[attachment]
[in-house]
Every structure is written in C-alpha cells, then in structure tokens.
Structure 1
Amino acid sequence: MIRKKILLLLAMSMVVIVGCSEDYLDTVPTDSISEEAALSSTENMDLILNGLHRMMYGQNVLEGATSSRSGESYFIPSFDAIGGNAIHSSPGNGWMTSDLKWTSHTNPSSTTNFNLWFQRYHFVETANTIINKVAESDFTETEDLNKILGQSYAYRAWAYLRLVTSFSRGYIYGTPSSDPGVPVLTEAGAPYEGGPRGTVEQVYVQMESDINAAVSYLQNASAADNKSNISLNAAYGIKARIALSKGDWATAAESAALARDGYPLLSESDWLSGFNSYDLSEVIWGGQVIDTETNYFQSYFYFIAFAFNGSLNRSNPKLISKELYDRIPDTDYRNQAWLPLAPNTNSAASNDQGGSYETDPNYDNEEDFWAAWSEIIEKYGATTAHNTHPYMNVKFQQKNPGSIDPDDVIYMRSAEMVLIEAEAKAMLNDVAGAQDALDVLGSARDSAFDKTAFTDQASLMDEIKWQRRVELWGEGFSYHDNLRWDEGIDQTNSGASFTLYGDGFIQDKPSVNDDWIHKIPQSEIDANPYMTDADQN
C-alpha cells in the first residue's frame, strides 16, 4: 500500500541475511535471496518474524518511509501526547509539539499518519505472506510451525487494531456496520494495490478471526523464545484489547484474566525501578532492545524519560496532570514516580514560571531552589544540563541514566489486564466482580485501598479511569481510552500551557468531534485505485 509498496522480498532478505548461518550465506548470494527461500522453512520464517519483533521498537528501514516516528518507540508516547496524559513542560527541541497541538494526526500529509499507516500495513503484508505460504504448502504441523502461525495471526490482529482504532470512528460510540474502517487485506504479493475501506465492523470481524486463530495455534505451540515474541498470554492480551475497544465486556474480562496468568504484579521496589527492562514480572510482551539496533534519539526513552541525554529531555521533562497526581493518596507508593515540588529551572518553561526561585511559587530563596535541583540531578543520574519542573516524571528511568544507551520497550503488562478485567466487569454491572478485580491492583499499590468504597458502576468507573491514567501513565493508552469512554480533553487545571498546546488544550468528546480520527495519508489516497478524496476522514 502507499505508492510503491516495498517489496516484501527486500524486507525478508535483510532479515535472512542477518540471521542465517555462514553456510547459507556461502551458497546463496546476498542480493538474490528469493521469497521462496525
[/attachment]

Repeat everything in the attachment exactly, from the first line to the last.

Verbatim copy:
[in-house]
Every structure is written in C-alpha cells, then in structure tokens.
Structure 1
Amino acid sequence: MIRKKILLLLAMSMVVIVGCSEDYLDTVPTDSISEEAALSSTENMDLILNGLHRMMYGQNVLEGATSSRSGESYFIPSFDAIGGNAIHSSPGNGWMTSDLKWTSHTNPSSTTNFNLWFQRYHFVETANTIINKVAESDFTETEDLNKILGQSYAYRAWAYLRLVTSFSRGYIYGTPSSDPGVPVLTEAGAPYEGGPRGTVEQVYVQMESDINAAVSYLQNASAADNKSNISLNAAYGIKARIALSKGDWATAAESAALARDGYPLLSESDWLSGFNSYDLSEVIWGGQVIDTETNYFQSYFYFIAFAFNGSLNRSNPKLISKELYDRIPDTDYRNQAWLPLAPNTNSAASNDQGGSYETDPNYDNEEDFWAAWSEIIEKYGATTAHNTHPYMNVKFQQKNPGSIDPDDVIYMRSAEMVLIEAEAKAMLNDVAGAQDALDVLGSARDSAFDKTAFTDQASLMDEIKWQRRVELWGEGFSYHDNLRWDEGIDQTNSGASFTLYGDGFIQDKPSVNDDWIHKIPQSEIDANPYMTDADQN
C-alpha cells in the first residue's frame, strides 16, 4: 500500500541475511535471496518474524518511509501526547509539539499518519505472506510451525487494531456496520494495490478471526523464545484489547484474566525501578532492545524519560496532570514516580514560571531552589544540563541514566489486564466482580485501598479511569481510552500551557468531534485505485 509498496522480498532478505548461518550465506548470494527461500522453512520464517519483533521498537528501514516516528518507540508516547496524559513542560527541541497541538494526526500529509499507516500495513503484508505460504504448502504441523502461525495471526490482529482504532470512528460510540474502517487485506504479493475501506465492523470481524486463530495455534505451540515474541498470554492480551475497544465486556474480562496468568504484579521496589527492562514480572510482551539496533534519539526513552541525554529531555521533562497526581493518596507508593515540588529551572518553561526561585511559587530563596535541583540531578543520574519542573516524571528511568544507551520497550503488562478485567466487569454491572478485580491492583499499590468504597458502576468507573491514567501513565493508552469512554480533553487545571498546546488544550468528546480520527495519508489516497478524496476522514 502507499505508492510503491516495498517489496516484501527486500524486507525478508535483510532479515535472512542477518540471521542465517555462514553456510547459507556461502551458497546463496546476498542480493538474490528469493521469497521462496525